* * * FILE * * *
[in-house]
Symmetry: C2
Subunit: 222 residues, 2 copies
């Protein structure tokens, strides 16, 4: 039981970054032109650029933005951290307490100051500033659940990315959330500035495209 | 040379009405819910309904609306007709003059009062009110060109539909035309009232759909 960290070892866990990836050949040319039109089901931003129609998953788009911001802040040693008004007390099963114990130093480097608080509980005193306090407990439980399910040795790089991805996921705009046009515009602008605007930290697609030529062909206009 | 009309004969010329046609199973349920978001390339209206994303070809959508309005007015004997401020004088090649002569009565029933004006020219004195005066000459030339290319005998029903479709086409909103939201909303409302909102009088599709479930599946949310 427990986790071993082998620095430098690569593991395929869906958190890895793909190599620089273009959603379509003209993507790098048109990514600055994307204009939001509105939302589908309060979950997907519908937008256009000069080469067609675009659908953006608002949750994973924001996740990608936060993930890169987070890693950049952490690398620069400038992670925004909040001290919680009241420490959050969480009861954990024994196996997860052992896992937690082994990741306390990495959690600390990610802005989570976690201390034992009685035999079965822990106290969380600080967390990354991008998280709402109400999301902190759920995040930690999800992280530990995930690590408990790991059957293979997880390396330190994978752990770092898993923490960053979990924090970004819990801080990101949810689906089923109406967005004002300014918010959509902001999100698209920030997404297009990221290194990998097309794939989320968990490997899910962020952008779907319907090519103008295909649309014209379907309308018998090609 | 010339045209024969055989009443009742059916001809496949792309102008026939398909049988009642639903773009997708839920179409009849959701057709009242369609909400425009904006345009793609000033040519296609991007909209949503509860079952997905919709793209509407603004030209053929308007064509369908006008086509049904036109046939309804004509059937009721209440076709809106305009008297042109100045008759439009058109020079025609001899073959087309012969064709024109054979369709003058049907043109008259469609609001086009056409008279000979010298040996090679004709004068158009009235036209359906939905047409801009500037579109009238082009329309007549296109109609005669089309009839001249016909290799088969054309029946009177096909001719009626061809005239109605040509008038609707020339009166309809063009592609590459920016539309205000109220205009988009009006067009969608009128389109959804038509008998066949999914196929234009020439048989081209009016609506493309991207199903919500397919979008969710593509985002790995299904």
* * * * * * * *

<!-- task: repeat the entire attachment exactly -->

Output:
[in-house]
Symmetry: C2
Subunit: 222 residues, 2 copies
């Protein structure tokens, strides 16, 4: 039981970054032109650029933005951290307490100051500033659940990315959330500035495209 | 040379009405819910309904609306007709003059009062009110060109539909035309009232759909 960290070892866990990836050949040319039109089901931003129609998953788009911001802040040693008004007390099963114990130093480097608080509980005193306090407990439980399910040795790089991805996921705009046009515009602008605007930290697609030529062909206009 | 009309004969010329046609199973349920978001390339209206994303070809959508309005007015004997401020004088090649002569009565029933004006020219004195005066000459030339290319005998029903479709086409909103939201909303409302909102009088599709479930599946949310 427990986790071993082998620095430098690569593991395929869906958190890895793909190599620089273009959603379509003209993507790098048109990514600055994307204009939001509105939302589908309060979950997907519908937008256009000069080469067609675009659908953006608002949750994973924001996740990608936060993930890169987070890693950049952490690398620069400038992670925004909040001290919680009241420490959050969480009861954990024994196996997860052992896992937690082994990741306390990495959690600390990610802005989570976690201390034992009685035999079965822990106290969380600080967390990354991008998280709402109400999301902190759920995040930690999800992280530990995930690590408990790991059957293979997880390396330190994978752990770092898993923490960053979990924090970004819990801080990101949810689906089923109406967005004002300014918010959509902001999100698209920030997404297009990221290194990998097309794939989320968990490997899910962020952008779907319907090519103008295909649309014209379907309308018998090609 | 010339045209024969055989009443009742059916001809496949792309102008026939398909049988009642639903773009997708839920179409009849959701057709009242369609909400425009904006345009793609000033040519296609991007909209949503509860079952997905919709793209509407603004030209053929308007064509369908006008086509049904036109046939309804004509059937009721209440076709809106305009008297042109100045008759439009058109020079025609001899073959087309012969064709024109054979369709003058049907043109008259469609609001086009056409008279000979010298040996090679004709004068158009009235036209359906939905047409801009500037579109009238082009329309007549296109109609005669089309009839001249016909290799088969054309029946009177096909001719009626061809005239109605040509008038609707020339009166309809063009592609590459920016539309205000109220205009988009009006067009969608009128389109959804038509008998066949999914196929234009020439048989081209009016609506493309991207199903919500397919979008969710593509985002790995299904």